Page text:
Are you increasingly seeing things on your Facebook wall or in your Instagram rolls from the accounts you don’t follow? It seems like even more of them will soon be appearing.
As Facebook lost 21% of its value between 2019 and 2020 and Meta presented its financial report for the second quarter of 2022, the results did not delight with the obvious growth slowdown in social media platforms (Facebook and Instagram), and consequently, profits for the company are getting smaller. That’s more than any other company during this period. Such a situation did not placate Mark Zuckerberg and his company, so the billionaire decided to act. He planned significant changes that would significantly affect the app user experience. What are these? What can users expect in the upcoming months?
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Meta will learn from TikTok.
One of the main directions the company’s authorities will take is to show users more of the things they are not actually following. Until now, about 15% of the content displayed to Internet users on Facebook came from creators outside the following list.
Mark Zuckerberg is announcing the creation of what he described as a “Discovery Engine,” an advanced artificial intelligence that will be responsible for the content that Facebook and Instagram users display. With this, his company wants to emulate TikTok, which has been the most downloaded mobile app for several years.
The algorithm will suggest videos, photos and other posts that it thinks users will like. This means you’re more likely to see random videos of animals or recipes from influencers than posts from any of your distant aunts like you used to.
As Meta is trying to copy the success of TikTok, there is also another giant growing out of nowhere. Yes, the talk is about BeReal. We’ve seen some first tries of TikTok answering its new competitor and developing a new feature focused on taking pictures in real time after getting a notification. Will Meta do the same? I guess we will see in the future.
Short video forms are taking over.
In the new version of the platform, any public video shorter than 15 minutes that you give on Instagram will now be automatically shared and recommended and watched by more people.
If you are already tired of random videos you are getting on TikTok, Meta will give you even more of everything. Some people already experience it, but in the nearest future, If you want to see what your friends or people you’re actually interested in (and follow) are up to, you’ll have to open another tab called “Following,” which won’t be the default home screen.
And that’s not all! There are many signs that Messenger will become an integral part of the Facebook app, with an inbox placed at the top of the interface and an incentive to send messages to your friends.
Consumption instead of communication
Meta’s changes emphasise algorithm-based engagement, that is, consumption, rather than communication. Critics pointed out that Meta’s ultimate goal is becoming to increase clicks for advertisers rather than fostering genuine social interactions among users. In a staff memo, the company highlighted the importance of users sharing videos they’ve watched with each other, which can generate more ad revenue. However, users may feel frustrated by the overwhelming amount of content that is unrelated to their interests or preferences.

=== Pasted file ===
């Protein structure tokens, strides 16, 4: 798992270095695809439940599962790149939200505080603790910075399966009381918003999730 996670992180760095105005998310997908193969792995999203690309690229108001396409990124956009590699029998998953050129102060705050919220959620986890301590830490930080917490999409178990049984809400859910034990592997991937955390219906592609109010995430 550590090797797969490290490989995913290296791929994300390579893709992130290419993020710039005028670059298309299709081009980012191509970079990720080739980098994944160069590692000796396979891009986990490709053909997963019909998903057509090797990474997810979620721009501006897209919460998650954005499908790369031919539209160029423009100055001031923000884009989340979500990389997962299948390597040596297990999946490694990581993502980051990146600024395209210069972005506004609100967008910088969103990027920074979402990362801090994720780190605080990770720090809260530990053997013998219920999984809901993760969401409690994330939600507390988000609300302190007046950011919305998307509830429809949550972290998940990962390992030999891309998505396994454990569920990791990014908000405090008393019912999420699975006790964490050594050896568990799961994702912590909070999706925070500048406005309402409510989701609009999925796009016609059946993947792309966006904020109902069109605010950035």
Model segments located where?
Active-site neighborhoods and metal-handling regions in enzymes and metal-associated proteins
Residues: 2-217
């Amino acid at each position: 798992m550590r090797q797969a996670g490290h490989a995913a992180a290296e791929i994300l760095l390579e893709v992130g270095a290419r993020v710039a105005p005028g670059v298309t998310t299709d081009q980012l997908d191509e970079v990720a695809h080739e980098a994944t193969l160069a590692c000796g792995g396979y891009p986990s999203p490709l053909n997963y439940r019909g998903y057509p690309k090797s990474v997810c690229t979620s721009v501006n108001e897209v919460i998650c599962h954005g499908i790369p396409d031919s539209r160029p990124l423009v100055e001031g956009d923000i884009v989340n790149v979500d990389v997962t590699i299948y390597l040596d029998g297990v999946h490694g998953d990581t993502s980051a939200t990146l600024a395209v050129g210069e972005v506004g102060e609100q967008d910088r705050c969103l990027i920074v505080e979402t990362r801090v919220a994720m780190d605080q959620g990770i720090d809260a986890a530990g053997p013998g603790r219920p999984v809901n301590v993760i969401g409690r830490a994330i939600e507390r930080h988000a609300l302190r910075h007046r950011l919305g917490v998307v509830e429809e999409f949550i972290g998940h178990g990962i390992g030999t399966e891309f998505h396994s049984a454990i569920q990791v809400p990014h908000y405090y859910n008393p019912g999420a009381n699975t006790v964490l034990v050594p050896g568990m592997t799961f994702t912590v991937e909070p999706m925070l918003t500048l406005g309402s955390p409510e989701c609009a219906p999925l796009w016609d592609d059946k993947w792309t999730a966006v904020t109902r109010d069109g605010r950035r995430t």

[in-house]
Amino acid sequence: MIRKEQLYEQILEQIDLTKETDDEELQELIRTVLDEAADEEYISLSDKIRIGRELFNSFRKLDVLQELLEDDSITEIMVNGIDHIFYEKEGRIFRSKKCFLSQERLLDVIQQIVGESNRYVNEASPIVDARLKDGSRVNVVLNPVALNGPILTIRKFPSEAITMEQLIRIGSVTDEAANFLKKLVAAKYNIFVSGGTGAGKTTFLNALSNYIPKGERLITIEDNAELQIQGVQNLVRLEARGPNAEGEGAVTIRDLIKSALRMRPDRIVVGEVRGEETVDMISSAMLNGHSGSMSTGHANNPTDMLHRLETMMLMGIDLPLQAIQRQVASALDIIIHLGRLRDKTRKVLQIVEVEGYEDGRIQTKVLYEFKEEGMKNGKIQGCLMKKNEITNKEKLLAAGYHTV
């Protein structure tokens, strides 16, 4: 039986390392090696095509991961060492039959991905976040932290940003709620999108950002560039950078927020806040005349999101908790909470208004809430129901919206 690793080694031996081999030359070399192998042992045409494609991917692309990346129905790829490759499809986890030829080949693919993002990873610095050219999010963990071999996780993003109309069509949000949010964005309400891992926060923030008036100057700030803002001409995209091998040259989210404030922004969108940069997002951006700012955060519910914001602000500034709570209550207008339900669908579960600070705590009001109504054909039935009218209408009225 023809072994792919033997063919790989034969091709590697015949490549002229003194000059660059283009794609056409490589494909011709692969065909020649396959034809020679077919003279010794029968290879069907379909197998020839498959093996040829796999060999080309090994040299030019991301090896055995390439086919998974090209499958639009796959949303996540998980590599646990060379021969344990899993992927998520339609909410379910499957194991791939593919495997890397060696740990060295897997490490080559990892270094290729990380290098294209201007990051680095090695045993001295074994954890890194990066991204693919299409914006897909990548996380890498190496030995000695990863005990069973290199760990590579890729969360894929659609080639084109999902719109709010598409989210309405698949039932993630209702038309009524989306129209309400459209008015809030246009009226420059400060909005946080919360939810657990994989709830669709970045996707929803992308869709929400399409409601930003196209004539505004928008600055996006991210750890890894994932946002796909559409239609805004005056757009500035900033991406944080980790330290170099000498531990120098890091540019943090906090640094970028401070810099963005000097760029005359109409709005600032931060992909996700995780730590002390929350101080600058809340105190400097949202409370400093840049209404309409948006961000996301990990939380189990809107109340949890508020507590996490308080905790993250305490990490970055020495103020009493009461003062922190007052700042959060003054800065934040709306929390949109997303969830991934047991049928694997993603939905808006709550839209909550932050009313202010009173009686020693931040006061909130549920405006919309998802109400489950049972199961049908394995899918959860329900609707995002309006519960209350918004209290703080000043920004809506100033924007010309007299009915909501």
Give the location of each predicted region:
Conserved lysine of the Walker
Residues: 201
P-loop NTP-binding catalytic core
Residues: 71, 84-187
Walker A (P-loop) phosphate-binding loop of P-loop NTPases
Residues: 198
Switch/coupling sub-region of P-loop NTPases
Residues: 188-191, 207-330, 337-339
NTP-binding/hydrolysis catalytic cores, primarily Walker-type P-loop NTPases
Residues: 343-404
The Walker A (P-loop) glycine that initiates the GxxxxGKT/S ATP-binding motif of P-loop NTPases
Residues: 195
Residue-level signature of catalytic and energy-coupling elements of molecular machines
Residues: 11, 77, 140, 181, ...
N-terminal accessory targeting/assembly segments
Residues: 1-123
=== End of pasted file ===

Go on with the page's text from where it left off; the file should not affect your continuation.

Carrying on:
This is a clear change from what Facebook originally wanted to achieve, which was to connect users with friends and family in an online social environment. More and more experts admit it’s “the end of the social networking era”.
What About privacy?
Meta’s new approach raises questions about users’ privacy, as the Discovery Engine will need to access more data to provide personalised recommendations. Users may have to consent to more tracking and data sharing, which could lead to more targeted ads and potential data breaches. Some may also feel uncomfortable with the idea that their activity and preferences are being monitored and used for commercial purposes.
In conclusion, Facebook and Instagram users should brace themselves for significant changes in their app experience as Meta shifts towards a more algorithm-driven, entertainment-focused model. While some users may appreciate discovering new content and creators, others may find the overwhelming amount of unrelated material to be overwhelming and intrusive. Privacy concerns also loom large, as users may have to trade more personal data for more personalised recommendations. Ultimately, Meta’s success will depend on striking the right balance between engagement and privacy and providing a satisfying user experience that aligns with users’ preferences and values.
About the author: Magdalena Sadowska, the Community Manager of PhotoAiD. With a background in psychology, she is fascinated by how people interact and create their reality. As a travel enthusiast, given a choice of sea or mountains, she chooses both.